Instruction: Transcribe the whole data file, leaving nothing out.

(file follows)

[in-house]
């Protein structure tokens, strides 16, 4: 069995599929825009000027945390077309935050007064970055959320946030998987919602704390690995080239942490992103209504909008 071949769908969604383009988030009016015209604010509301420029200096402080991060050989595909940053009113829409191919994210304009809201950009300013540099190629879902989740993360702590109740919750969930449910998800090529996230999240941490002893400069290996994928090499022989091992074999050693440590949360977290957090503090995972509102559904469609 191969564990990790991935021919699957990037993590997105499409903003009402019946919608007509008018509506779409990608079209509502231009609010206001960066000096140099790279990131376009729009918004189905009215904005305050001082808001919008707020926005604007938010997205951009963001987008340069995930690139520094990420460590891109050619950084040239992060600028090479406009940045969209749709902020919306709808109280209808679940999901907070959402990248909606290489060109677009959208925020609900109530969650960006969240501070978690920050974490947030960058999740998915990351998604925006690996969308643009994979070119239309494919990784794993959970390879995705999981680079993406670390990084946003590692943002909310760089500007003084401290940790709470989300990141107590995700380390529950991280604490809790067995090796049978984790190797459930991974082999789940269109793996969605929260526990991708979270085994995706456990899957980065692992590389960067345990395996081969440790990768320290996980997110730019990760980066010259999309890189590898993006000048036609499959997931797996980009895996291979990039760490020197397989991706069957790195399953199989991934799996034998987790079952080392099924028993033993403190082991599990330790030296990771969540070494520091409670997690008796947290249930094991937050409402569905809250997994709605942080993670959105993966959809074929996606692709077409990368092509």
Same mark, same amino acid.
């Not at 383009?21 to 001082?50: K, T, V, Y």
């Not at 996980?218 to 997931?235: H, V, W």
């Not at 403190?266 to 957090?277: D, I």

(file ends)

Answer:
[in-house]
């Protein structure tokens, strides 16, 4: 069995599929825009000027945390077309935050007064970055959320946030998987919602704390690995080239942490992103209504909008 071949769908969604383009988030009016015209604010509301420029200096402080991060050989595909940053009113829409191919994210304009809201950009300013540099190629879902989740993360702590109740919750969930449910998800090529996230999240941490002893400069290996994928090499022989091992074999050693440590949360977290957090503090995972509102559904469609 191969564990990790991935021919699957990037993590997105499409903003009402019946919608007509008018509506779409990608079209509502231009609010206001960066000096140099790279990131376009729009918004189905009215904005305050001082808001919008707020926005604007938010997205951009963001987008340069995930690139520094990420460590891109050619950084040239992060600028090479406009940045969209749709902020919306709808109280209808679940999901907070959402990248909606290489060109677009959208925020609900109530969650960006969240501070978690920050974490947030960058999740998915990351998604925006690996969308643009994979070119239309494919990784794993959970390879995705999981680079993406670390990084946003590692943002909310760089500007003084401290940790709470989300990141107590995700380390529950991280604490809790067995090796049978984790190797459930991974082999789940269109793996969605929260526990991708979270085994995706456990899957980065692992590389960067345990395996081969440790990768320290996980997110730019990760980066010259999309890189590898993006000048036609499959997931797996980009895996291979990039760490020197397989991706069957790195399953199989991934799996034998987790079952080392099924028993033993403190082991599990330790030296990771969540070494520091409670997690008796947290249930094991937050409402569905809250997994709605942080993670959105993966959809074929996606692709077409990368092509």
Same mark, same amino acid.
């Not at 383009?21 to 001082?50: K, T, V, Y």
């Not at 996980?218 to 997931?235: H, V, W």
């Not at 403190?266 to 957090?277: D, I």